As I have gone alone in there
And with my treasures bold,
I can keep my secret where,
And hint of riches new and old.
Begin it where warm waters halt
And take it in the canyon down,
Not far, but too far to walk.
Put in below the home of Brown.
From there it’s no place for the meek,
The end is drawing ever nigh;
There’ll be no paddle up your creek,
Just heavy loads and water high.
If you’ve been wise and found the blaze,
Look quickly down, your quest to cease
But tarry scant with marvel gaze,
Just take the chest and go in peace.
So why is it that I must go
And leave my trove for all to seek?
The answers I already know
I’ve done it tired, and now I’m weak
So hear me all and listen good,
Your effort will be worth the cold.
If you are brave and in the wood
I give you title to the gold.
Forrest Fenn hid a treasure chest in the Rockies, can you solve the poem and find the gold!
The Fenn Treasure is a treasure reportedly worth more than one million dollars supposedly hidden by art dealer and author Forrest Fenn in the Rocky Mountains.
According to Fenn, many people have claimed to have found the treasure, but no one has provided any evidence to him supporting their claim. As of July 2017, Fenn has stated “The treasure remains where I hid it about 7 years ago”. In May 2017, Fenn was asked: “Has anyone determined the nine clues and what they represent?” and his response was: “I don’t know that anybody has told me the clues in the right order”, leading to speculation all of the clues have been solved, but the chest remains hidden. Forrest reconfirmed searchers have been within 200 feet of the treasure and many within 500 feet. The Thrill of the Chase and Too Far to Walk books chronicle Fenn’s life as an adrenaline junkie and the treasure hunt has attracted many thrill seekers.
2 Books written about the Fenn Treasure
Fenn operated an art gallery with his wife Peggy after retiring from the United States Air Force. The gallery was located in Santa Fe, New Mexico and sold everything from artifacts to fine art and was quite successful. In 1988, Fenn was diagnosed with cancer and came up with the idea during this illness to hide a chest full of treasure for anyone to go find. He filled the chest with “treasure” containing gold nuggets, rare coins, jewelry and gemstones, along with an olive jar holding his autobiography. He intended to hide it and end his life nearby, with the treasure as a legacy. However, he survived his illness and waited until he was 79 or 80 to hide the treasure. Prior to the treasure hunt, Fenn found himself at odds with federal antiquities laws. FBI agents raided his home in 2009 as part of an investigation into artifact looting in the Four Corners area and seized items, but he was not charged. Two people targeted in the case committed suicide and Fenn has blamed the FBI for their deaths.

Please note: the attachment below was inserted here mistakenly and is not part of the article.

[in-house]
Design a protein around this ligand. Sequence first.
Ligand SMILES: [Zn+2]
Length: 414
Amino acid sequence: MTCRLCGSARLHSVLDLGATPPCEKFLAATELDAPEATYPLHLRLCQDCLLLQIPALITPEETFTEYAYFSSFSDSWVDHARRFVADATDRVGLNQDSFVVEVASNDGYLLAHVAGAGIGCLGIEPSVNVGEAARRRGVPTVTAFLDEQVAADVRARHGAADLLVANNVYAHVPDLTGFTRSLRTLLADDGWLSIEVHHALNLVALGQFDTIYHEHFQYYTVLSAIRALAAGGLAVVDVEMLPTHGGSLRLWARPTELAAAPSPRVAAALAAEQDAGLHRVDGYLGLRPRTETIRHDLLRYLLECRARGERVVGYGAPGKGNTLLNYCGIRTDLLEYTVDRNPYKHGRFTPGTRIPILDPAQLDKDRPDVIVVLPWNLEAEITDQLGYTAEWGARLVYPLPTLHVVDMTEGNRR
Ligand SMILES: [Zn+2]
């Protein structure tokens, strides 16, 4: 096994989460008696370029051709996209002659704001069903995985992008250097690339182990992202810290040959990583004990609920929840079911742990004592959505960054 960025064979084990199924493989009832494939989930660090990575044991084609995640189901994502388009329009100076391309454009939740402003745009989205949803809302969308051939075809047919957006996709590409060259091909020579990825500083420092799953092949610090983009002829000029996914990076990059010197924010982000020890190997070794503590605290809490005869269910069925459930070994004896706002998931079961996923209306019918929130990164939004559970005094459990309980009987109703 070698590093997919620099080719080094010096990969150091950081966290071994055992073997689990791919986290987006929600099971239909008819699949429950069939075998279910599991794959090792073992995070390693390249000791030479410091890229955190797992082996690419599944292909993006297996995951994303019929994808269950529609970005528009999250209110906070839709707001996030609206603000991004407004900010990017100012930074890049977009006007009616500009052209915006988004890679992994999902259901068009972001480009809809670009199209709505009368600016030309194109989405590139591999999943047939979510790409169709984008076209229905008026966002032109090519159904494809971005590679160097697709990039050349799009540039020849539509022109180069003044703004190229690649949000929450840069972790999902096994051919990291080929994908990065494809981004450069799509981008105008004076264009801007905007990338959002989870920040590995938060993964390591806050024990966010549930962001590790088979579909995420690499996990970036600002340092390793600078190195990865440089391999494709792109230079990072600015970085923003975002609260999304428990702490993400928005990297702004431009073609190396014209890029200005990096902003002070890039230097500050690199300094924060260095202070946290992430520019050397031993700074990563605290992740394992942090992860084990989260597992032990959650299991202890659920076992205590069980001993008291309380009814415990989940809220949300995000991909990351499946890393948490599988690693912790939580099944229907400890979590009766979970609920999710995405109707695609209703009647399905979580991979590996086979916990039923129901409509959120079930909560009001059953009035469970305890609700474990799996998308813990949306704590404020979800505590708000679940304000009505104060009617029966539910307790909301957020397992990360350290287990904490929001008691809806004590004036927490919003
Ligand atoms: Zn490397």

Two people have died while searching for the treasure.
Randy Bilyeu, who went missing in January 2016 and was later found dead in July of that year. As a result, Bilyeu’s ex wife told others she thought the Fenn Treasure was a hoax.
Pastor Paris Wallace of Grand Junction told family members he was searching for a buried treasure and later failed to show up for a planned family meeting Wednesday June 14, 2017. His car was found parked near the Taos Junction Bridge and his body was subsequently found 5-7 miles downstream.
Pressured by the New Mexico State police, Fenn removed the common links (that the treasure is underwater and that it is near the Rio Grande River) between these two deaths on June 29, 2017 in an effort to make the treasure hunt safer